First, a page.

If the Radcliffe field hockey team kicked up a lot of dirt this season, it's probably because there is nothing holding the dirt to the field. Or so the team argues.
"I don't think anyone will argue with me that we need a new field." Pippy O'Connor, Radcliffe's coach, said yesterday. "There's hardly any grass on it."
"I understand the physical education department is working on it, but I think they need a slight jolt," she said.
She cited the field as one of the most influential factors in a game. "If you play on a poor field it is reflected in your game," she said.
O'Cannor said that the worst problem with a poor field is that players slip in the mud. This is particularly dangerous in one alley of the field where a drainage pipe comes above ground, she added.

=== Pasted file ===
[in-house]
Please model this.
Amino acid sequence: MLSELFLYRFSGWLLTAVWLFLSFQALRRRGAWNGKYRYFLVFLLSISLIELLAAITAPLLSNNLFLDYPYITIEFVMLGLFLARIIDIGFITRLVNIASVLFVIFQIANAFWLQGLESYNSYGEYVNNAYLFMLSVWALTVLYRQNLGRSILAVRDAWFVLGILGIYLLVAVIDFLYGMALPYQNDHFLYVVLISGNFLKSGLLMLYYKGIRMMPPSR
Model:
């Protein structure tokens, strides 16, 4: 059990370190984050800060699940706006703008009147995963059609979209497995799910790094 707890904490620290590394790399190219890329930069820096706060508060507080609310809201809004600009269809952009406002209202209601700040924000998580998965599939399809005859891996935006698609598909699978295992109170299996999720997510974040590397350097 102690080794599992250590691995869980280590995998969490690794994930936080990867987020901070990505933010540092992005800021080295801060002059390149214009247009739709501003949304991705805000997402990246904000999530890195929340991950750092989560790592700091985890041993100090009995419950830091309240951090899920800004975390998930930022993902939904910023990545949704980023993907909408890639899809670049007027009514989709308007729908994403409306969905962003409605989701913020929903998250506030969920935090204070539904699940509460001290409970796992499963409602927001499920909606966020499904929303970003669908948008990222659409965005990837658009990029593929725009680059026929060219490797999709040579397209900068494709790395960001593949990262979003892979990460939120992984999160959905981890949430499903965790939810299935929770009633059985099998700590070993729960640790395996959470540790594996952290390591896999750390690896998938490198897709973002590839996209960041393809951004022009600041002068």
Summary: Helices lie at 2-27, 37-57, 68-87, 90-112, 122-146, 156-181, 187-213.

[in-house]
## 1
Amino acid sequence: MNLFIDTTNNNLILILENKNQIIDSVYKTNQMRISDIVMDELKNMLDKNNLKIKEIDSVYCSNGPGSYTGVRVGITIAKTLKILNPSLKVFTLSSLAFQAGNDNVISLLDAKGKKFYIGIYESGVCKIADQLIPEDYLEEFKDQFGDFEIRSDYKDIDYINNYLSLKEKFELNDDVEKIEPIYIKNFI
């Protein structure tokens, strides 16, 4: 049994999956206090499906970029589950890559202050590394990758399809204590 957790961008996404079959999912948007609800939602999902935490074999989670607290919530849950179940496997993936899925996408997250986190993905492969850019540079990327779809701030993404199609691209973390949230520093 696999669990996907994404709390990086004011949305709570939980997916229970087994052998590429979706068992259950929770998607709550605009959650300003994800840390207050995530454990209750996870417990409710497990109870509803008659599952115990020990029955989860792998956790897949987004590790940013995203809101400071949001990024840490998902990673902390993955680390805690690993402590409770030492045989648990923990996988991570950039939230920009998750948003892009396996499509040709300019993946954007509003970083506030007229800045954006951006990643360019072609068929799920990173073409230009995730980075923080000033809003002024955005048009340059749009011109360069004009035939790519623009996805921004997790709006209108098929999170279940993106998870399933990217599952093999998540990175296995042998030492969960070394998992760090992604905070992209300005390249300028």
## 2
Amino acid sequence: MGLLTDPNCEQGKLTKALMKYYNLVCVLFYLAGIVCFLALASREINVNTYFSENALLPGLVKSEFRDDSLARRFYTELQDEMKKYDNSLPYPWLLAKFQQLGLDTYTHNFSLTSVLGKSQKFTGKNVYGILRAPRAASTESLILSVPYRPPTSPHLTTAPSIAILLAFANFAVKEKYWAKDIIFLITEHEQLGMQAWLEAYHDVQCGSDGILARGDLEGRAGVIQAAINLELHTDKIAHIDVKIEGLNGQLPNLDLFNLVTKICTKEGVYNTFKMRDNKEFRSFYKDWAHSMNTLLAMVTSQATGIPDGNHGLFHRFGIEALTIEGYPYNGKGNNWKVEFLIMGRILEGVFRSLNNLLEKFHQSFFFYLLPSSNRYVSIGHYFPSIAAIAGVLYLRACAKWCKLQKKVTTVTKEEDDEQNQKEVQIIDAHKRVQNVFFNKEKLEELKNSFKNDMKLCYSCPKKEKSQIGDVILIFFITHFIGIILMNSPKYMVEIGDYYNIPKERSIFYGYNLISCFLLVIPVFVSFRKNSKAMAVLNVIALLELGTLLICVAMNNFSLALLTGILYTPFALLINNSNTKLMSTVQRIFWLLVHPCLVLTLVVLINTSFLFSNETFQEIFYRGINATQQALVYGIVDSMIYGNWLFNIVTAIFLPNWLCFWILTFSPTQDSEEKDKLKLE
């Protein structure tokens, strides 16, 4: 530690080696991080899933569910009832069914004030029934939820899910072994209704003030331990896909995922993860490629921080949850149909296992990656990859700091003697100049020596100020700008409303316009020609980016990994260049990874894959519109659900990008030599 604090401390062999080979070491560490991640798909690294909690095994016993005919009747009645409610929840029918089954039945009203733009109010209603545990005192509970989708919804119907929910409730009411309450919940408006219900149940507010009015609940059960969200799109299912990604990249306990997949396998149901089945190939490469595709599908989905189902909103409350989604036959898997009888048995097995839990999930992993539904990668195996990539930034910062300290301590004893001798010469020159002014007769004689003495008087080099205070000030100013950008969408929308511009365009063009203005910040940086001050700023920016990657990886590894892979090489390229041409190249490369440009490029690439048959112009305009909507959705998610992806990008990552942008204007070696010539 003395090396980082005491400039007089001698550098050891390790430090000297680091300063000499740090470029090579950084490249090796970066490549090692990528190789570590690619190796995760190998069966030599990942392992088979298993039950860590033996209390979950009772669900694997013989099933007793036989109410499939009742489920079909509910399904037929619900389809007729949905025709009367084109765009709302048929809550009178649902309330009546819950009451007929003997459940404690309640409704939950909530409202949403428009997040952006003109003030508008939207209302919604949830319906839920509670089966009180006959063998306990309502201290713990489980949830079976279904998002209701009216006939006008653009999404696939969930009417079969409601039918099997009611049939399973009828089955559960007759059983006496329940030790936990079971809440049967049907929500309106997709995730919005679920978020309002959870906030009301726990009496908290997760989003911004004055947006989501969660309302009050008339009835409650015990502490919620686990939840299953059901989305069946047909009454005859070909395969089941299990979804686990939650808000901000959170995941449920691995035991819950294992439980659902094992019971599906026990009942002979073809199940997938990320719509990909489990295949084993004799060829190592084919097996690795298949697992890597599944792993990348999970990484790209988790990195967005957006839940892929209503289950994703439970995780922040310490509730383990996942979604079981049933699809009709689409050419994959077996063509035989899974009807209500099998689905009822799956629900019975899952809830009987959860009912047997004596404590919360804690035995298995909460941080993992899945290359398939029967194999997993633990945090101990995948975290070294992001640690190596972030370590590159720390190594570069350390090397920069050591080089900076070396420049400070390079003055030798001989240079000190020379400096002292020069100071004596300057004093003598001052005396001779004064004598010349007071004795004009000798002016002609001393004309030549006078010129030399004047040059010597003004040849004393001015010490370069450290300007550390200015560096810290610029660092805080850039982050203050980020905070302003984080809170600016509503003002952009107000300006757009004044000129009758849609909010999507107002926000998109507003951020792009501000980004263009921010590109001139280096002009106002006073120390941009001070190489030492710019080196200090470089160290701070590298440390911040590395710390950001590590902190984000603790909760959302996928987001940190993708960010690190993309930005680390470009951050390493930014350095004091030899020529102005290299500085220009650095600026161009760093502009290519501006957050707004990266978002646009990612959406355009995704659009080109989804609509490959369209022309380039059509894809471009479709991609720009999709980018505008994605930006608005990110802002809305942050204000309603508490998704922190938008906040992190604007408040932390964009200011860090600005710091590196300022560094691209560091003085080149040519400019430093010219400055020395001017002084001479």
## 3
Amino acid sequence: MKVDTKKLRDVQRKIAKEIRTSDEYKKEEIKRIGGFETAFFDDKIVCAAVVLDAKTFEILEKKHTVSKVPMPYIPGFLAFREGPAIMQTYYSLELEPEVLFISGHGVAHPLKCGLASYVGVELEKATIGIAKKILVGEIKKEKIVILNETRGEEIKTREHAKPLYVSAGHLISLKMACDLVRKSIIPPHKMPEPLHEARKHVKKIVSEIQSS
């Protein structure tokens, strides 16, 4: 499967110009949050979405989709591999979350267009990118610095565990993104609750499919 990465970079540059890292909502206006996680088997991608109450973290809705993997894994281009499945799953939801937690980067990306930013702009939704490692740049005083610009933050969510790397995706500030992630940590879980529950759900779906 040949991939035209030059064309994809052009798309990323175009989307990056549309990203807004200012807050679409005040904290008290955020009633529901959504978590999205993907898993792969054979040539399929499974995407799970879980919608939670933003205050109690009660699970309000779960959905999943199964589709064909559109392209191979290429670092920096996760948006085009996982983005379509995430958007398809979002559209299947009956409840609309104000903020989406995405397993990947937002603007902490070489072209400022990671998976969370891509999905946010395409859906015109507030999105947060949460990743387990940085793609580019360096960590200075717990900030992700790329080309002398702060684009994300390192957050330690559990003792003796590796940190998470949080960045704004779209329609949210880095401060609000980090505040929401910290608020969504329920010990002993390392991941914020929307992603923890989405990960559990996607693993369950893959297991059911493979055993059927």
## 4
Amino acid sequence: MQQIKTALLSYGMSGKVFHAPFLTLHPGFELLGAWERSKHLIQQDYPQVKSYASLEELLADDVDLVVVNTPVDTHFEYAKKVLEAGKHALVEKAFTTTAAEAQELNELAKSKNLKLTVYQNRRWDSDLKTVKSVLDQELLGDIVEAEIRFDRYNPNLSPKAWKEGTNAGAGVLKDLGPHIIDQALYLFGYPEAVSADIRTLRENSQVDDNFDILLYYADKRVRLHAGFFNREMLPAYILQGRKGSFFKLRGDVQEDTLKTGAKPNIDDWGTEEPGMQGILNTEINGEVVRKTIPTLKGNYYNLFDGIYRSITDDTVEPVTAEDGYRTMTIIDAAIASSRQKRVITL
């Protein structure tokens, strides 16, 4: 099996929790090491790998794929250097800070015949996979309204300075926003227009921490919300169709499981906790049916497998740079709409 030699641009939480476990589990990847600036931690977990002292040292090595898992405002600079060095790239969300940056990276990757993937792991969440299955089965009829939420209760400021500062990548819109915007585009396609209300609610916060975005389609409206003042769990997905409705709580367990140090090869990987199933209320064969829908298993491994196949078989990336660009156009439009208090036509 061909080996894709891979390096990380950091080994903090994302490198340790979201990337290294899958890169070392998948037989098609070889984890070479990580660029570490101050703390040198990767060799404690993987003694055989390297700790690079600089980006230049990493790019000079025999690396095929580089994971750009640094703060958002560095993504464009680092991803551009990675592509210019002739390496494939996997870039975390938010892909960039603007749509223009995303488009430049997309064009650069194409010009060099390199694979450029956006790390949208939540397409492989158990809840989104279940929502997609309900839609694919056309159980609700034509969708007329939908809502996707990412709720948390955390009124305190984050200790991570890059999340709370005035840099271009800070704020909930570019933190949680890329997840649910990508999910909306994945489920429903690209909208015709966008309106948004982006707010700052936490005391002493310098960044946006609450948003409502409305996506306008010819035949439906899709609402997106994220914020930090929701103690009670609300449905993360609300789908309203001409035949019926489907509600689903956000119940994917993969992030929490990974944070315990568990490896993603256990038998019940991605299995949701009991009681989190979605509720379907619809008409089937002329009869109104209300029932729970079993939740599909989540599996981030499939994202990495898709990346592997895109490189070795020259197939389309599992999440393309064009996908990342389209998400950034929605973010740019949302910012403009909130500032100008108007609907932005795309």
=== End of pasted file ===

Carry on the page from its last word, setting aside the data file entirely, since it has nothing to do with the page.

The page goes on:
Sticks--a foul for raising the stick above the shoulder--are also more likely to occur when the mud freezes into ice and the ball bounces in the air, she explained.
The state of the field also presents a morale problem, she said, "It was a little embarrassing to have Yale drive four hours to play on a muddy field."
The location of the field in the middle of a residential area presents problems: "It wouldn't be distracting if I didn't have to contend with two games of touch football, a game of soccer and a frisbee game," she said.
Soccer games on the Quad present a particular problem, she said, since the goal cages are not designed to stand up to the impact of soccer balls.
Even without the interference from other student activities, the field is barely regulation in size and leaves no extra room for girls who aren't playing to practice skills. O'Connor said.
She described the Wellesley field as "a golf course" and the Yale and Princeton fields as fair.
"You live with what you have, but you shouldn't just sit back," she said. "The girls do deserve better."